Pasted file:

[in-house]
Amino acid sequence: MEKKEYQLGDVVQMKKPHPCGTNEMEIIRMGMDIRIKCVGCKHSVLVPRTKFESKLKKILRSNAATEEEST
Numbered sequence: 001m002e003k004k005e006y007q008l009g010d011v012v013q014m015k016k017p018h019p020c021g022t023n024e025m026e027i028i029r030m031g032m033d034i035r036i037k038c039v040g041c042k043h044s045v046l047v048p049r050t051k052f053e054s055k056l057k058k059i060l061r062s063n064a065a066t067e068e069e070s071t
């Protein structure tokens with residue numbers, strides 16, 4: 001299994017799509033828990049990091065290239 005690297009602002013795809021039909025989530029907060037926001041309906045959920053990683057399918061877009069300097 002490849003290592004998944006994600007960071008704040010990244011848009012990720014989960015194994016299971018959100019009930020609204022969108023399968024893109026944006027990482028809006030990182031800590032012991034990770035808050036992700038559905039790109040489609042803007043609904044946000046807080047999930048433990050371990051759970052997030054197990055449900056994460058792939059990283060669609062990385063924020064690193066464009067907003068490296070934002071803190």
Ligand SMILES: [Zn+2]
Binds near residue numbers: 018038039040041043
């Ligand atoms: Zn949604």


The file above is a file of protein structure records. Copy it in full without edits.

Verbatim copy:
[in-house]
Amino acid sequence: MEKKEYQLGDVVQMKKPHPCGTNEMEIIRMGMDIRIKCVGCKHSVLVPRTKFESKLKKILRSNAATEEEST
Numbered sequence: 001m002e003k004k005e006y007q008l009g010d011v012v013q014m015k016k017p018h019p020c021g022t023n024e025m026e027i028i029r030m031g032m033d034i035r036i037k038c039v040g041c042k043h044s045v046l047v048p049r050t051k052f053e054s055k056l057k058k059i060l061r062s063n064a065a066t067e068e069e070s071t
């Protein structure tokens with residue numbers, strides 16, 4: 001299994017799509033828990049990091065290239 005690297009602002013795809021039909025989530029907060037926001041309906045959920053990683057399918061877009069300097 002490849003290592004998944006994600007960071008704040010990244011848009012990720014989960015194994016299971018959100019009930020609204022969108023399968024893109026944006027990482028809006030990182031800590032012991034990770035808050036992700038559905039790109040489609042803007043609904044946000046807080047999930048433990050371990051759970052997030054197990055449900056994460058792939059990283060669609062990385063924020064690193066464009067907003068490296070934002071803190």
Ligand SMILES: [Zn+2]
Binds near residue numbers: 018038039040041043
């Ligand atoms: Zn949604």